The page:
Watauga Extension Works to Preserve Heirloom Apple Varieties

— Written By N.C. Cooperative Extension

Heirloom or heritage fruit refers to a long standing cultivar that is selectively being preserved by communities. A cultivar is a plant variety cultivated by selective breeding in an effort to preserve desired characteristics. Many of these heirloom cultivars were grafted to preserve the selected characteristic, as they will not always maintain the characteristic when planted from seed. When grafting, two plants are joined together to take advantage of the good qualities of each. In the case most heirloom apples, the rootstock chosen is usually one that is disease resistant, and one that is dwarfing to maintain the tree at a smaller size for easier apple picking.

Brought to this country by European settlers, apples have been an integral part of our heritage. The Homestead Act of 1862, among other things, required the settler to plant 50 apple trees on the land during the first year of occupancy. The establishment of apple trees in the American frontier was further aided by Mr. John Chapman, nicknamed Johnny Appleseed.  Around the turn of the 19th century, he bought some seed from a Pennsylvania cider mill and headed west planting the seed.

During the 1800s, it is estimated over 7000 varieties of apples existed on the small farms across America. Today 90% of the apples sold in the U. S. consist of only 11 varieties, to include McIntosh, Rome, Fuji, and Red Delicious. These varieties came into favor as railroad shipping became more prevalent. These varieties were selected for their durability and uniformity but not necessarily their flavor. Many people still prefer the flavors of all the heirloom varieties.
So what has become of the other varieties? Names such as Mammoth Blacktwig, Winesap, Newtown Pippin, and Virginia Beauty?  Many are being preserved and propagated in communities, across the nation. This movement is gaining in popularity, as illustrated by 2010 having been designated as the ‘year of the heirloom apple’. There are several heritage orchards in our area that you can visit to see and taste the different varieties. You are going to want to try them for yourself, as each one has its own unique uses and characteristics. Some are good for cooking, some fresh eating, and others are good for cider, applesauce and applebutter. Two orchard you can visit are the Crossnore School Heritage Orchard in Crossnore. You may tour at your own pace and try the different varieties.  The Altapass Orchard off of the Blueridge Parkway also offers tours, tastings and other activities.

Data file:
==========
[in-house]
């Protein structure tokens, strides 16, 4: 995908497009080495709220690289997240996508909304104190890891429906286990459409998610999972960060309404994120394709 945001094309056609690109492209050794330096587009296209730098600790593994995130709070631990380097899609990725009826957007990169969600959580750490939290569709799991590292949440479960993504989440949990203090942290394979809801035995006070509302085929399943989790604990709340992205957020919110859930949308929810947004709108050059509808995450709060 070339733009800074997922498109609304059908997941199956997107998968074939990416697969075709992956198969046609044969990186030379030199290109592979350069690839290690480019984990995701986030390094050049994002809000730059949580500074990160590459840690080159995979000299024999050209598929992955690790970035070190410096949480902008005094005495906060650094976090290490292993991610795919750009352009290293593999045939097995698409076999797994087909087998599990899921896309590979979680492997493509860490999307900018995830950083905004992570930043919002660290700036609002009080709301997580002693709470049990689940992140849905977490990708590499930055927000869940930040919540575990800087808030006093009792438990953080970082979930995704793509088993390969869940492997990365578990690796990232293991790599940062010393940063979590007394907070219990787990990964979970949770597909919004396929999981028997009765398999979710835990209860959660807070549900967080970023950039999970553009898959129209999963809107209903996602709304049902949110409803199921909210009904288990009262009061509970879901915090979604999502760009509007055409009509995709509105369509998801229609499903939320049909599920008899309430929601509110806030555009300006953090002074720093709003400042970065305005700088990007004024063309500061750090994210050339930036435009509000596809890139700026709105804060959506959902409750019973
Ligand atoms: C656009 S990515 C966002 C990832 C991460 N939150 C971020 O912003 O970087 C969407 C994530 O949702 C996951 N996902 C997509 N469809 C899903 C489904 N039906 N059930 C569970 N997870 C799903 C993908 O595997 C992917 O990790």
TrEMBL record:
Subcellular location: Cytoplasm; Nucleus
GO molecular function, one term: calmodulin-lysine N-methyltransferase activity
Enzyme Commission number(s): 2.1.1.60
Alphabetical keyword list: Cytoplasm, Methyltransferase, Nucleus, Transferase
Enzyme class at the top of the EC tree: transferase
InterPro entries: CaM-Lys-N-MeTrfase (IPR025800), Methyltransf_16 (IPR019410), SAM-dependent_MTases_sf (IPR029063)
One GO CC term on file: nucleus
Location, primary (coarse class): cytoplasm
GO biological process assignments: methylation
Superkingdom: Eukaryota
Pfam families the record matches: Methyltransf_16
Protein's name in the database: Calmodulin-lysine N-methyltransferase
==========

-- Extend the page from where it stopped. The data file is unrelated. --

In an effort to help preserve these varieties in home orchards, the Watauga County Extension Service will be selling heirloom apple trees beginning at the end of January 2017 All apple trees in the sale are grafted onto M-111 semi-dwarf rootstock. Your tree will reach about 15-20 feet in height, and need to be planted 20 feet apart. The apple trees are two years old and will be approximately 4-5 feet tall at time of planting. The cost will be $20 per tree. There will be 14 different varieties sold including, Golden Russet, Virginia Beauty, Spitzenburg, Old Fashioned Winesap, Carolina Red June, and Swiss Limbertwig.

Posted on Oct 27, 2016
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